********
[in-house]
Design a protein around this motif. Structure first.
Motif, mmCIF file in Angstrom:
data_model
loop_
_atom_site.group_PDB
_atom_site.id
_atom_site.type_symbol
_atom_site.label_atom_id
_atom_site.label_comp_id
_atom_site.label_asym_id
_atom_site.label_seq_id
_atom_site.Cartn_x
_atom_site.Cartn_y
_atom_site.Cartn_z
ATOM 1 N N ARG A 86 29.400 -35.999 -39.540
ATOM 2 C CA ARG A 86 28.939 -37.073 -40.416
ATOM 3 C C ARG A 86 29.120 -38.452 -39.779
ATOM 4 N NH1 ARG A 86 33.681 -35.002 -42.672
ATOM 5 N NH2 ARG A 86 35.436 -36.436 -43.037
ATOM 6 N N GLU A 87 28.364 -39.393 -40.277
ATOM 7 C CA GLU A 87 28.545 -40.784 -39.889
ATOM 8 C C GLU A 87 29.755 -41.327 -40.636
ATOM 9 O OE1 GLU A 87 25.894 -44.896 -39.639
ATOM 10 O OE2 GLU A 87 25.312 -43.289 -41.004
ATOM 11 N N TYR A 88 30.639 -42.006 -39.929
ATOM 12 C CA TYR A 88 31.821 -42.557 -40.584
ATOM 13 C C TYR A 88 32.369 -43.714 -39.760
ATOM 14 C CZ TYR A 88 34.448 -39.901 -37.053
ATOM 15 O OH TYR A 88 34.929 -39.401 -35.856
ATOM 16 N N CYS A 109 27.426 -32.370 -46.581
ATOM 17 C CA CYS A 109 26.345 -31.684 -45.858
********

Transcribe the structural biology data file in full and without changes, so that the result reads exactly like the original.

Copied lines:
[in-house]
Design a protein around this motif. Structure first.
Motif, mmCIF file in Angstrom:
data_model
loop_
_atom_site.group_PDB
_atom_site.id
_atom_site.type_symbol
_atom_site.label_atom_id
_atom_site.label_comp_id
_atom_site.label_asym_id
_atom_site.label_seq_id
_atom_site.Cartn_x
_atom_site.Cartn_y
_atom_site.Cartn_z
ATOM 1 N N ARG A 86 29.400 -35.999 -39.540
ATOM 2 C CA ARG A 86 28.939 -37.073 -40.416
ATOM 3 C C ARG A 86 29.120 -38.452 -39.779
ATOM 4 N NH1 ARG A 86 33.681 -35.002 -42.672
ATOM 5 N NH2 ARG A 86 35.436 -36.436 -43.037
ATOM 6 N N GLU A 87 28.364 -39.393 -40.277
ATOM 7 C CA GLU A 87 28.545 -40.784 -39.889
ATOM 8 C C GLU A 87 29.755 -41.327 -40.636
ATOM 9 O OE1 GLU A 87 25.894 -44.896 -39.639
ATOM 10 O OE2 GLU A 87 25.312 -43.289 -41.004
ATOM 11 N N TYR A 88 30.639 -42.006 -39.929
ATOM 12 C CA TYR A 88 31.821 -42.557 -40.584
ATOM 13 C C TYR A 88 32.369 -43.714 -39.760
ATOM 14 C CZ TYR A 88 34.448 -39.901 -37.053
ATOM 15 O OH TYR A 88 34.929 -39.401 -35.856
ATOM 16 N N CYS A 109 27.426 -32.370 -46.581
ATOM 17 C CA CYS A 109 26.345 -31.684 -45.858